Several kilometres inland, air in the Oregon cities of Portland, Salem and Bend still registered as “hazardous” on Thursday, according to a state air quality tracking site.

Kyle Sullivan, a spokesman for the U.S. Bureau of Land Management in Medford, Ore., said the clearing smoke has allowed more firefighting to take place in the air with helicopters and planes dropping retardant.

Story continues below advertisement

“We haven’t seen a lot of significant fire growth [this week]. It hasn’t been super windy or super hot,” Mr. Sullivan said.

Eight deaths have been confirmed in Oregon. One fire-related fatality has been confirmed in Washington State.

With the potential for some rain beginning on Friday in affected areas of Oregon, weather conditions may help the fight.

“We are anticipating a small amount of moisture coming in this weekend, but it’s not going to be enough to end the fire season. It’ll help with firefighting efforts, but we’re still anxious about the potential for new starts,” Mr. Sullivan added.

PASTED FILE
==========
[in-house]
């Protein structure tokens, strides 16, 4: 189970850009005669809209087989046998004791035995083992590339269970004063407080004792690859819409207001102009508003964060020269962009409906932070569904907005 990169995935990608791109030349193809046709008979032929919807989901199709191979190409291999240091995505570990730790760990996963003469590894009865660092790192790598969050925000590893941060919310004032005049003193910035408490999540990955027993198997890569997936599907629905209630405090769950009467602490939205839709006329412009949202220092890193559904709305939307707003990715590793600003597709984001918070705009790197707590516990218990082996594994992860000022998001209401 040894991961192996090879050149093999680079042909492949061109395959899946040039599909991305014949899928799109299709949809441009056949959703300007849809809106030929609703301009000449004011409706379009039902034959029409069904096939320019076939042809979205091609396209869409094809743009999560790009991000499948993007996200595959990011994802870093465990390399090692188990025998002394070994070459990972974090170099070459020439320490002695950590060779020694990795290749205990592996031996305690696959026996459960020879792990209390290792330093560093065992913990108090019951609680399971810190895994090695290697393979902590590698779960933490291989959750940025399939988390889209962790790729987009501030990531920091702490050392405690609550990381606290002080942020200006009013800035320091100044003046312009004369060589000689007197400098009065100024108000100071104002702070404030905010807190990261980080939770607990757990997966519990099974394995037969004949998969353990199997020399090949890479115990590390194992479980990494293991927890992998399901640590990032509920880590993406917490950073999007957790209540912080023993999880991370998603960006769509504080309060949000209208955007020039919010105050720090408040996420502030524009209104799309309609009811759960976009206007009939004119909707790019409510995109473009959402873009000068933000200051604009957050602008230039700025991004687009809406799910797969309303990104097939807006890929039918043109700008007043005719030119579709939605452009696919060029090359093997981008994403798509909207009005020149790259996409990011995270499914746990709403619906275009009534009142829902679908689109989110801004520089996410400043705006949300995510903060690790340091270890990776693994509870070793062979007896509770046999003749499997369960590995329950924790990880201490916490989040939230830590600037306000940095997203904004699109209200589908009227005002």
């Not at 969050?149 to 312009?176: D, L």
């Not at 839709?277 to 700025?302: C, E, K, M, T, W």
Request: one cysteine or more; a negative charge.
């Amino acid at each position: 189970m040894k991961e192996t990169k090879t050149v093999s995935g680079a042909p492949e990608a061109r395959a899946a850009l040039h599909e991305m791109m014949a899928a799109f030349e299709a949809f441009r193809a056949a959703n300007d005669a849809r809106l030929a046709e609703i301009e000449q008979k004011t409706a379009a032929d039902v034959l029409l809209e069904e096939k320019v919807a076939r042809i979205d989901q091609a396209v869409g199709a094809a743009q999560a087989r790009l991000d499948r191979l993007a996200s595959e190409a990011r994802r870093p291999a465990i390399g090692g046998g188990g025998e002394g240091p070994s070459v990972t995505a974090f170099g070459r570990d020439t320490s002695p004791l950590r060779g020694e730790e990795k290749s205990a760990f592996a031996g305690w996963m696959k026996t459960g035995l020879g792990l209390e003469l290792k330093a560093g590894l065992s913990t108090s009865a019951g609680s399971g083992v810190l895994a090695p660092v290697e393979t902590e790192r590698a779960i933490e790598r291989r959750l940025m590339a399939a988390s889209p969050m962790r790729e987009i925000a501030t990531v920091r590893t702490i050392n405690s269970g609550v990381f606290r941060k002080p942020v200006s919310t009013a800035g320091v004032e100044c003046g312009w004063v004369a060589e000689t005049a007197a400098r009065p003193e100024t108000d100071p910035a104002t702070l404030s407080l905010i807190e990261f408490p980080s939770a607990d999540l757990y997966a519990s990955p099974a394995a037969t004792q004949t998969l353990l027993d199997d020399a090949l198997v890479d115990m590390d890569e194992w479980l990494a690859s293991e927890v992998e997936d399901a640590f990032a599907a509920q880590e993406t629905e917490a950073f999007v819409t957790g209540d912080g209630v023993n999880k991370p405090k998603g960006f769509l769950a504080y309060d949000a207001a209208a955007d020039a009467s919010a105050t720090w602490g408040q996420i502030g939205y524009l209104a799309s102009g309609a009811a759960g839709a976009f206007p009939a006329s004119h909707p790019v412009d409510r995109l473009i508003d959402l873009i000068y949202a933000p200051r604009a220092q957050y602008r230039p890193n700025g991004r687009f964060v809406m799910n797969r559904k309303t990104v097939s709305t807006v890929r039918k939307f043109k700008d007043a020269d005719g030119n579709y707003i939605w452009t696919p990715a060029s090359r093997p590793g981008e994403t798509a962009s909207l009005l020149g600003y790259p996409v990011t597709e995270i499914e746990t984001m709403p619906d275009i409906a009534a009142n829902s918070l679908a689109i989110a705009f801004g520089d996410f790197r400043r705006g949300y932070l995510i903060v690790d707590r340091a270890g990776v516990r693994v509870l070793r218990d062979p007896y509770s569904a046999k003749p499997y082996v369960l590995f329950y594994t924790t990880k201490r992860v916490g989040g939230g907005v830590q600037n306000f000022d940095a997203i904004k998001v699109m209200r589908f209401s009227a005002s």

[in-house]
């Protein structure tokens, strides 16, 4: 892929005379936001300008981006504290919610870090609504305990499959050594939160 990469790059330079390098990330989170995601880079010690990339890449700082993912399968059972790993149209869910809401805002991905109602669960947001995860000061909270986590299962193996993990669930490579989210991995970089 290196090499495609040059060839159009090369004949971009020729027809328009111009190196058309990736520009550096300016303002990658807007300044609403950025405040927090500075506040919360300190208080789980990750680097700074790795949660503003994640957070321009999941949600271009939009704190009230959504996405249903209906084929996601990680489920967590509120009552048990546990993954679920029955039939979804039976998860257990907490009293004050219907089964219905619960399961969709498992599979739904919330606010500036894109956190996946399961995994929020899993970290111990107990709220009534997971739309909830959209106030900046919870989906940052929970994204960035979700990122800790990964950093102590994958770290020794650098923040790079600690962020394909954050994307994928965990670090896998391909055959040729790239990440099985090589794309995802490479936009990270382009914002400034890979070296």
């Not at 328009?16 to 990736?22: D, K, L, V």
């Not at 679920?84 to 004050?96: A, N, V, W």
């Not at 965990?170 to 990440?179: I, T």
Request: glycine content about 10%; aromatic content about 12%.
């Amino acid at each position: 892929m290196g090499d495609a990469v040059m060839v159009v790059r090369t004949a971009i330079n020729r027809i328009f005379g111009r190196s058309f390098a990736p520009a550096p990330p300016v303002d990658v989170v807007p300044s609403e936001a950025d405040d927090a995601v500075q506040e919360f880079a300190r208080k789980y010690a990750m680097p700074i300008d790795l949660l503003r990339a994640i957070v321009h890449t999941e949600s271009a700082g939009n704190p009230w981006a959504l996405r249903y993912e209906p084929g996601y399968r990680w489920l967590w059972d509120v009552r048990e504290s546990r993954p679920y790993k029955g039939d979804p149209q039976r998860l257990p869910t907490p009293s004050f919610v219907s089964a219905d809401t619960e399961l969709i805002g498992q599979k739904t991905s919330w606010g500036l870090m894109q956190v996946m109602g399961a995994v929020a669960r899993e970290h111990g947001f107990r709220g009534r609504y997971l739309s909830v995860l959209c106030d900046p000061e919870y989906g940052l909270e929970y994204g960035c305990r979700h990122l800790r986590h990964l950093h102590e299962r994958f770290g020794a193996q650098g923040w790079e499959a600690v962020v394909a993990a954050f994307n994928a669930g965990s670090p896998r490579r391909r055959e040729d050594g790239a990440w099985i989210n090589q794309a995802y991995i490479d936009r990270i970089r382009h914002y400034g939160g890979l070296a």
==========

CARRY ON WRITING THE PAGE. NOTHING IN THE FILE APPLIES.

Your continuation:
Drew Hansen, a 31-year-old logger raised on a tree farm near Molalla, Ore., about an hour south of Portland, was part of a volunteer firefighting force battling the Riverside and Beachie Creek fires since Sept. 8.

“This is my backyard, we’re fighting for our homes and families up here,” Mr. Hansen said as he and a crew rested outside his parents' farmhouse, about eight kilometres southeast of Molalla. “It feels like we’ve not slept in a week. Even when I have slept, I’m dreaming of fire.”

Story continues below advertisement

Oregon is unaccustomed to the size and number of blazes that it has been experiencing, which have gained ground because of drought conditions and high winds. With improved weather finally enabling fire crews to take the offensive, crews have worked to beat back the state’s largest blaze this season – the 76,900-hectare Beachie Creek fire. It was 20 per cent contained as of Thursday morning.